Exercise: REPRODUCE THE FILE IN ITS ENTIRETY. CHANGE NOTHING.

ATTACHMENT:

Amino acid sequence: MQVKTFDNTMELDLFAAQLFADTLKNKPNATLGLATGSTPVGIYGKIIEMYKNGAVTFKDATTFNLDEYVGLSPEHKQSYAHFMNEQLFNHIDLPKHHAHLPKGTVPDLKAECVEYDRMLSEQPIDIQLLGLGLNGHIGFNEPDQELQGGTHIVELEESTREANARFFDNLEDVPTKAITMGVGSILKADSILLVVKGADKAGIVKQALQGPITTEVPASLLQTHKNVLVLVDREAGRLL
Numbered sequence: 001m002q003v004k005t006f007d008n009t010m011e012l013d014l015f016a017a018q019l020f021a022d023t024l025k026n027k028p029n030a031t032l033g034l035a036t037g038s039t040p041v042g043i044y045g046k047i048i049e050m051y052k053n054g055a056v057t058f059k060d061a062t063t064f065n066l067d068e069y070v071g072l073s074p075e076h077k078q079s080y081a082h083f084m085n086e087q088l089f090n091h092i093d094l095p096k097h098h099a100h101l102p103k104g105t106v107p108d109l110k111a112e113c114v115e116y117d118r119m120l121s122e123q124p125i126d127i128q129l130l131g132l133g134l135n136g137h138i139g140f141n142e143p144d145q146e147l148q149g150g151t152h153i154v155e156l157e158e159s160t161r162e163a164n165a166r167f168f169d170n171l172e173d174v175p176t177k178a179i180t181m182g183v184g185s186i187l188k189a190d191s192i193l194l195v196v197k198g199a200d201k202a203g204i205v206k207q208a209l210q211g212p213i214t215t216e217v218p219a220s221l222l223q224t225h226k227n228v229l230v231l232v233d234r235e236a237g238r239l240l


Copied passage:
Amino acid sequence: MQVKTFDNTMELDLFAAQLFADTLKNKPNATLGLATGSTPVGIYGKIIEMYKNGAVTFKDATTFNLDEYVGLSPEHKQSYAHFMNEQLFNHIDLPKHHAHLPKGTVPDLKAECVEYDRMLSEQPIDIQLLGLGLNGHIGFNEPDQELQGGTHIVELEESTREANARFFDNLEDVPTKAITMGVGSILKADSILLVVKGADKAGIVKQALQGPITTEVPASLLQTHKNVLVLVDREAGRLL
Numbered sequence: 001m002q003v004k005t006f007d008n009t010m011e012l013d014l015f016a017a018q019l020f021a022d023t024l025k026n027k028p029n030a031t032l033g034l035a036t037g038s039t040p041v042g043i044y045g046k047i048i049e050m051y052k053n054g055a056v057t058f059k060d061a062t063t064f065n066l067d068e069y070v071g072l073s074p075e076h077k078q079s080y081a082h083f084m085n086e087q088l089f090n091h092i093d094l095p096k097h098h099a100h101l102p103k104g105t106v107p108d109l110k111a112e113c114v115e116y117d118r119m120l121s122e123q124p125i126d127i128q129l130l131g132l133g134l135n136g137h138i139g140f141n142e143p144d145q146e147l148q149g150g151t152h153i154v155e156l157e158e159s160t161r162e163a164n165a166r167f168f169d170n171l172e173d174v175p176t177k178a179i180t181m182g183v184g185s186i187l188k189a190d191s192i193l194l195v196v197k198g199a200d201k202a203g204i205v206k207q208a209l210q211g212p213i214t215t216e217v218p219a220s221l222l223q224t225h226k227n228v229l230v231l232v233d234r235e236a237g238r239l240l